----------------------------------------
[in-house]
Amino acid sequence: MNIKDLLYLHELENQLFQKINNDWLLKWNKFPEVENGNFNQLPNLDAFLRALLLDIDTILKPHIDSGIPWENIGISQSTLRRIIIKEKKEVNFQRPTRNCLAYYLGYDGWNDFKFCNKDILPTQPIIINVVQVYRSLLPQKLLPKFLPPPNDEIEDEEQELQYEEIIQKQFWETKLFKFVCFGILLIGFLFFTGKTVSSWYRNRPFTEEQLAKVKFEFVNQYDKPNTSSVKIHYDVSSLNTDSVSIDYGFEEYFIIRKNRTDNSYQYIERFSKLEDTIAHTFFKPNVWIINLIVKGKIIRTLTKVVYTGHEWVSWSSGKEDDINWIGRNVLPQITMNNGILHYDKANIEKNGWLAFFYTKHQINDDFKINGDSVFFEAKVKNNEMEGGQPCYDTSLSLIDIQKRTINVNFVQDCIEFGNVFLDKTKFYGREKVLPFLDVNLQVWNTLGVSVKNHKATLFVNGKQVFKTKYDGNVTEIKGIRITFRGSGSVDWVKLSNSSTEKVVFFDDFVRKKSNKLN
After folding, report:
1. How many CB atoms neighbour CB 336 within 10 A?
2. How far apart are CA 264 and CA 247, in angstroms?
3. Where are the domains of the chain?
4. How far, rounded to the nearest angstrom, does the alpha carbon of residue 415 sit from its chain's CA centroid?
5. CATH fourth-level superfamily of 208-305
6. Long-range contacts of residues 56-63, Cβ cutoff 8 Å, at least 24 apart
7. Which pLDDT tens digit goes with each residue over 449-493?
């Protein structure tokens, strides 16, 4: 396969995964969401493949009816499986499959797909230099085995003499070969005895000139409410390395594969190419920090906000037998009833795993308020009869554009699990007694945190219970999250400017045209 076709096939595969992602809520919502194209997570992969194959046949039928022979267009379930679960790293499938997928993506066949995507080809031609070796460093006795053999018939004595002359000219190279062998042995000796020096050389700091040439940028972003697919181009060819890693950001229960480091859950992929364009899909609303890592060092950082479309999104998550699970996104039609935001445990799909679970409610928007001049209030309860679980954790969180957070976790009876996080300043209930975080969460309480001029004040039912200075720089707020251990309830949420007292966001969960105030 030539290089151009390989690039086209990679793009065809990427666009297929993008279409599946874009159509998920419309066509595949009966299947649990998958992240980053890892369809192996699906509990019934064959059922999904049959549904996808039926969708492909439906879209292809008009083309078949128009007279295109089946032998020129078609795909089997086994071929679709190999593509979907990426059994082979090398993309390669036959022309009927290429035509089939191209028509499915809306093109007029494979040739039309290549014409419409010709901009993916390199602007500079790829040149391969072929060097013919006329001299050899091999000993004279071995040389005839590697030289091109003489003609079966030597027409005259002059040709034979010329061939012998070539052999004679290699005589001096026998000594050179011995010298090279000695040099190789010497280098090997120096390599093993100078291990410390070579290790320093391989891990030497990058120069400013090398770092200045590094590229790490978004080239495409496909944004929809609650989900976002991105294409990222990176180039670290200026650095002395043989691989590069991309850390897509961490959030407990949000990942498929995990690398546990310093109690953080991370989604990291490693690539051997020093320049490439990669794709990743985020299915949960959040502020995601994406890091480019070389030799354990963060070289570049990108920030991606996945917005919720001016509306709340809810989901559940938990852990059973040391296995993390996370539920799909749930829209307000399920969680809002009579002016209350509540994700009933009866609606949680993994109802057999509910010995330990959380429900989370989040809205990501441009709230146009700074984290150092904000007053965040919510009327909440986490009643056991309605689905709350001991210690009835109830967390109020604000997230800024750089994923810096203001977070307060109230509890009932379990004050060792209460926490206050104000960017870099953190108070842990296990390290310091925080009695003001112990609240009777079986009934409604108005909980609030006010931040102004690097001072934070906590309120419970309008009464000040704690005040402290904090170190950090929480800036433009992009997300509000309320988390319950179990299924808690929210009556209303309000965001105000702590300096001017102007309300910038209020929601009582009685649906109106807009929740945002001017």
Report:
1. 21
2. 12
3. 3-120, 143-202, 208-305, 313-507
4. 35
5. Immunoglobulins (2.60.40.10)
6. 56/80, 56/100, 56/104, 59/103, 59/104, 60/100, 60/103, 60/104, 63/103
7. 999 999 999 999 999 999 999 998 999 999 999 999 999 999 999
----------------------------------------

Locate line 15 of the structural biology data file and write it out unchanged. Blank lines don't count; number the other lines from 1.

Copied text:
3. 3-120, 143-202, 208-305, 313-507